Nonetheless, we may begin our talk by making a small conclusion from the thoughts in the above paragraph.  God created us differently, and our differences are not abnormal.  Sometimes we need to accept each other's differences.  God designed these differences for our completion and happiness.  At the same time, if we do not have proper use and perspectives of such differences, they can be dangerous sources of conflicts, fights and heartbreaking miseries.  It leads us again to say that we must learn to manage and use our differences properly, which will help us to manage conflicts without sinning against God and fellow human beings.  Not in theory but in reality, we may face situations in which we cannot but raise such questions as following (just a few examples): “If we marry, when, where, and how?”  “Should we have children?  Then how many and when should we have them?”  “Should we buy this or that?  If we should, what should be the budget, color, shapes, or brand?”  “How far should we allow our parents meddle with our family life?”  “Should we or should we not stand up for our spouse to our parents?”  “Should we discipline our children?  If we should, then, who, when, and how to do it?”  Individuals’ freedom could be infringed and violated, and individuals’ creativity could be suppressed, and individuals could be offended and upset, whenever individuals’ differences are not properly used and managed.  As a result, conflicts are flared up.  We must not forget that conflicts do exist even between God and man.  Now let us consider how we manage potential conflicts in the real world.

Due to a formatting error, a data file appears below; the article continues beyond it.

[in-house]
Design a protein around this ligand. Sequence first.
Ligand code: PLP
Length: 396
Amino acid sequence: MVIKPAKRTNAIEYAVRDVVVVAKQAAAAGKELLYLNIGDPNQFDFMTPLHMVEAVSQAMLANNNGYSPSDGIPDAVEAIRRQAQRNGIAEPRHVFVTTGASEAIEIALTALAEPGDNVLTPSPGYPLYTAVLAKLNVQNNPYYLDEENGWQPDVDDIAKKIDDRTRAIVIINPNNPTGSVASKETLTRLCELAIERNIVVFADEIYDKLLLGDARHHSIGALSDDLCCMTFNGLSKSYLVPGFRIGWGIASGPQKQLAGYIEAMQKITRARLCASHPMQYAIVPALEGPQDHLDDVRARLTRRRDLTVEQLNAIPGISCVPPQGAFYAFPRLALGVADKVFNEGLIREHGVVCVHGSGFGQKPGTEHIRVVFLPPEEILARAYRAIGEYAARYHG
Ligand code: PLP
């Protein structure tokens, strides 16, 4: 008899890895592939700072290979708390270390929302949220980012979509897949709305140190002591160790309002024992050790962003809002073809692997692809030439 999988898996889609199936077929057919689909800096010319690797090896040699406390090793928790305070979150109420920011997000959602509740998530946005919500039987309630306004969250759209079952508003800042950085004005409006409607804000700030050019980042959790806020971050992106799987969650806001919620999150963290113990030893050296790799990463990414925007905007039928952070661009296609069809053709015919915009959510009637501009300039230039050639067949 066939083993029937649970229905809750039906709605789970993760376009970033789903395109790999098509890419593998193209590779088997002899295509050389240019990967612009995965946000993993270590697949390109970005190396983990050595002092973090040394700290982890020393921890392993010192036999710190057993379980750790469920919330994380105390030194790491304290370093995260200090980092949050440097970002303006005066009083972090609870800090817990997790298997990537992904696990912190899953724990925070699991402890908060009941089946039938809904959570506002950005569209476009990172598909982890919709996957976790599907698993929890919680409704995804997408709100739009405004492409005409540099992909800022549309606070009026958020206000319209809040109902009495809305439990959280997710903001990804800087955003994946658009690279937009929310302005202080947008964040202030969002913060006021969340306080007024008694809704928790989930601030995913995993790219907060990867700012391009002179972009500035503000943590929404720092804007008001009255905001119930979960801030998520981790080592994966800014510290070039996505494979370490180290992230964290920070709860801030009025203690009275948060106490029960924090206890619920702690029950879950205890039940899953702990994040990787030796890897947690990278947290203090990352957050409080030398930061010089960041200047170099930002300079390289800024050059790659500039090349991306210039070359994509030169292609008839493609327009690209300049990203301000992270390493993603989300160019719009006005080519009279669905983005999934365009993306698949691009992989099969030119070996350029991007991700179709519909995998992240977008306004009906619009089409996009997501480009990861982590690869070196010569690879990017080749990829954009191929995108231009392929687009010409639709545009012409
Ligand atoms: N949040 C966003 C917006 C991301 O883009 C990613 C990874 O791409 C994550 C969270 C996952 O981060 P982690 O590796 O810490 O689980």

First, we must begin with a proper understanding of our God.  God is the God of peace.  Our Savior, who will come again for the same time, is named “the prince of peace.”  Despite huge conflicts between the holy God and the sinful mankind, God desired and planned to bring peace between Him and His creatures.  Romans 5:1, “Therefore being justified by faith, we have peace with God through our Lord Jesus Christ.”  He provides us with peace in spite of our anxiety and cares.  Philippians 4:6-7, “Be careful for nothing; but in every thing by prayer and supplication with thanksgiving let your requests be made known unto God. 7 And the peace of God, which passeth all understanding, shall keep your hearts and minds through Christ Jesus.”  Our God is a peace making God.